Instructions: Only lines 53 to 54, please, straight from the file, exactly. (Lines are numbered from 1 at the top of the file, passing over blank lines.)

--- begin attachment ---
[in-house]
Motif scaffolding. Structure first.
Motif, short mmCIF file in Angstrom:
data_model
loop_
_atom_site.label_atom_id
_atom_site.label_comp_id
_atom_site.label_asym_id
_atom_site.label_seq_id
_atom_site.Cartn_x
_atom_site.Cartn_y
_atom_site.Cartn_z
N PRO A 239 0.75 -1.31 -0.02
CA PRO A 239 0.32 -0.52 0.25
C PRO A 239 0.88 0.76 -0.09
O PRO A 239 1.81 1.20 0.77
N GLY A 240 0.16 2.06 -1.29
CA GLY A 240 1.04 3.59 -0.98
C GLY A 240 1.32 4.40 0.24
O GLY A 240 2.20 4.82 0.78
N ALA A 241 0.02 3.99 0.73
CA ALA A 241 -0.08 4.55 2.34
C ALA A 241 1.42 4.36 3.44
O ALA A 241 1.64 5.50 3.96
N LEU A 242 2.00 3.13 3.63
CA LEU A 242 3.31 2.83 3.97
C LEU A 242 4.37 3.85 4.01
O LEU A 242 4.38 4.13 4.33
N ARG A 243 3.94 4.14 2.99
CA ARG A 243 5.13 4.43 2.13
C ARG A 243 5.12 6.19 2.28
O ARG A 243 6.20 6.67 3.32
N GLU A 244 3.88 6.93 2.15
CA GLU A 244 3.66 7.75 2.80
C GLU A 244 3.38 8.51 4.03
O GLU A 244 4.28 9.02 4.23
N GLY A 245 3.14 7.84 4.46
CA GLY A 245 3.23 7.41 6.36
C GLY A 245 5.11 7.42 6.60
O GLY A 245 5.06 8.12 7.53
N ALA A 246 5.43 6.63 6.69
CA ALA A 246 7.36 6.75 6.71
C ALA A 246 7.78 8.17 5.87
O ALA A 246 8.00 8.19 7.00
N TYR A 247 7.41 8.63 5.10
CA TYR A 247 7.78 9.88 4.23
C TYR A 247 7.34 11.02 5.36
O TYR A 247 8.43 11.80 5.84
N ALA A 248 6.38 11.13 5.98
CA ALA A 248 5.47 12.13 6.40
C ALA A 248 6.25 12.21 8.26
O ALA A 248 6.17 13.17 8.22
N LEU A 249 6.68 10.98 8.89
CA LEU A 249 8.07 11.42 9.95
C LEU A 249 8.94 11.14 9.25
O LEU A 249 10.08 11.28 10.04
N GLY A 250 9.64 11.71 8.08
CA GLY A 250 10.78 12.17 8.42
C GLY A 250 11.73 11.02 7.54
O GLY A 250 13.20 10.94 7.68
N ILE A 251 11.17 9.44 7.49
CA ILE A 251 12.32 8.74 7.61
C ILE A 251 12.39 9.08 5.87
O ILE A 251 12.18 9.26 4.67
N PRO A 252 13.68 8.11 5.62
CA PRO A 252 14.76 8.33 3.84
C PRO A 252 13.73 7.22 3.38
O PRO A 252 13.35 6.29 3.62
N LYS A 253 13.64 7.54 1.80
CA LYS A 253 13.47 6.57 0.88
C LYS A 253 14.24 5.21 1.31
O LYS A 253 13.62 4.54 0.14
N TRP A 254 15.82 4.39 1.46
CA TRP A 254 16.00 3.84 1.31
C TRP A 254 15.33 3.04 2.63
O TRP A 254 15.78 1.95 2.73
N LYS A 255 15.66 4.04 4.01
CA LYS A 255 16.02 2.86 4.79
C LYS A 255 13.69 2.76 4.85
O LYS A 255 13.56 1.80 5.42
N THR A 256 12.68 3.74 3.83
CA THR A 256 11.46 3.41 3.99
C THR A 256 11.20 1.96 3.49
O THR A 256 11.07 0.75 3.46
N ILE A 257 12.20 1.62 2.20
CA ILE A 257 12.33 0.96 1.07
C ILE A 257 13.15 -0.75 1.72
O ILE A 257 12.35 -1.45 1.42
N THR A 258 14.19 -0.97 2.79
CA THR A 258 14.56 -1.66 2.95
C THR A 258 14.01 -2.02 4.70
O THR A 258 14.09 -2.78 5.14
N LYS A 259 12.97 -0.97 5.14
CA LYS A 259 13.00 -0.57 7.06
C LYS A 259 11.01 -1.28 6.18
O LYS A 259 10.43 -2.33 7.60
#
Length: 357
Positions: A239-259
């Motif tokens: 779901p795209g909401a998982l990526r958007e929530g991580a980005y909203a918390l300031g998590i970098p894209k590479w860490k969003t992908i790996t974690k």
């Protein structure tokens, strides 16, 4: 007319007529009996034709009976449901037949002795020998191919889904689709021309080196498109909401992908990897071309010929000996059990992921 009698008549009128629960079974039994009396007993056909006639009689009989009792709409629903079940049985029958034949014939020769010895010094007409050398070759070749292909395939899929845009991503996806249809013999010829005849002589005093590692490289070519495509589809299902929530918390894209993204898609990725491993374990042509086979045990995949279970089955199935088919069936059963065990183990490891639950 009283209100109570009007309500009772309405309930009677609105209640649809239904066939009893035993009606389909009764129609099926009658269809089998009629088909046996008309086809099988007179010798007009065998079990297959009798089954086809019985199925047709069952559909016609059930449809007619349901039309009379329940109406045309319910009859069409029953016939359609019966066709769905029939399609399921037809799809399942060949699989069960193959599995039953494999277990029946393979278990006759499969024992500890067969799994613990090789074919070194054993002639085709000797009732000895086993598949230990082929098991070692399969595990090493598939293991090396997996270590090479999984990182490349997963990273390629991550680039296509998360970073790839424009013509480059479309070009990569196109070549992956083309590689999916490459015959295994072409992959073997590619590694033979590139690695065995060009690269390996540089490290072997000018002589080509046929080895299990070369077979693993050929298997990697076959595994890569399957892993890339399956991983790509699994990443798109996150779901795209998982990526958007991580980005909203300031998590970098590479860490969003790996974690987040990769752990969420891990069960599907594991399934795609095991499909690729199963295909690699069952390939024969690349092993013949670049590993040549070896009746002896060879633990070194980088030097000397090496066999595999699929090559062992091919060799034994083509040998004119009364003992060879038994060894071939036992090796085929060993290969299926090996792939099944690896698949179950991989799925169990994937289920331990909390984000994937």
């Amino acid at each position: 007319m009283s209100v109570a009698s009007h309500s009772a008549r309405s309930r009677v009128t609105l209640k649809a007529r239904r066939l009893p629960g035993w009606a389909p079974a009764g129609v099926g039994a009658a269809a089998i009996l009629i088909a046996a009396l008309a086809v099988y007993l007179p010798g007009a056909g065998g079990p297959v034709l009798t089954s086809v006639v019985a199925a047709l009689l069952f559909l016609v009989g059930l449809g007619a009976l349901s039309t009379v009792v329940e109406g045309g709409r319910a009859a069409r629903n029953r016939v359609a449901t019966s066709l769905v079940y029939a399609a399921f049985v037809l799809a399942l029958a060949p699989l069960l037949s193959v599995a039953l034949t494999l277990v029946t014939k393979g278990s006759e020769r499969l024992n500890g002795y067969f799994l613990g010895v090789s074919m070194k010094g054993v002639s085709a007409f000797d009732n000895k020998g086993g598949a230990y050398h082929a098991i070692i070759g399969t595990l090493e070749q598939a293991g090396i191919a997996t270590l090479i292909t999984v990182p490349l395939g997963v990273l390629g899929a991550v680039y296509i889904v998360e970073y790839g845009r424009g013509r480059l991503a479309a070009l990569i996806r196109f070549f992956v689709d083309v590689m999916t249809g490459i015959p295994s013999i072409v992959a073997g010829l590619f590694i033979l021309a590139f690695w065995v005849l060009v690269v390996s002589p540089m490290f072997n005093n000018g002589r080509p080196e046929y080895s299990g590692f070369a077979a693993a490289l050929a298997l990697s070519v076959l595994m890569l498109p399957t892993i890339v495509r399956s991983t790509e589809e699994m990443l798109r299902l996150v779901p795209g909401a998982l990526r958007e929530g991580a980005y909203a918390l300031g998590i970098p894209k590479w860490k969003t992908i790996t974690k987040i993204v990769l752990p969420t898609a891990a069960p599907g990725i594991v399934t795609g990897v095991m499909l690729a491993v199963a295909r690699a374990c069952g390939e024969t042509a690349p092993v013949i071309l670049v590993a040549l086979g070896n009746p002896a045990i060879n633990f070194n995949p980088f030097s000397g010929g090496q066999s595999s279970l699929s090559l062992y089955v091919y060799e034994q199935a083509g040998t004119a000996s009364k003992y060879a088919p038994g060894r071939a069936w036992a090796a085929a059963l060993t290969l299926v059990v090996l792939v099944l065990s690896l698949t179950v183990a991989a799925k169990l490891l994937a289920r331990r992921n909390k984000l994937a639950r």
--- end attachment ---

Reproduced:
N LEU A 249 6.68 10.98 8.89
CA LEU A 249 8.07 11.42 9.95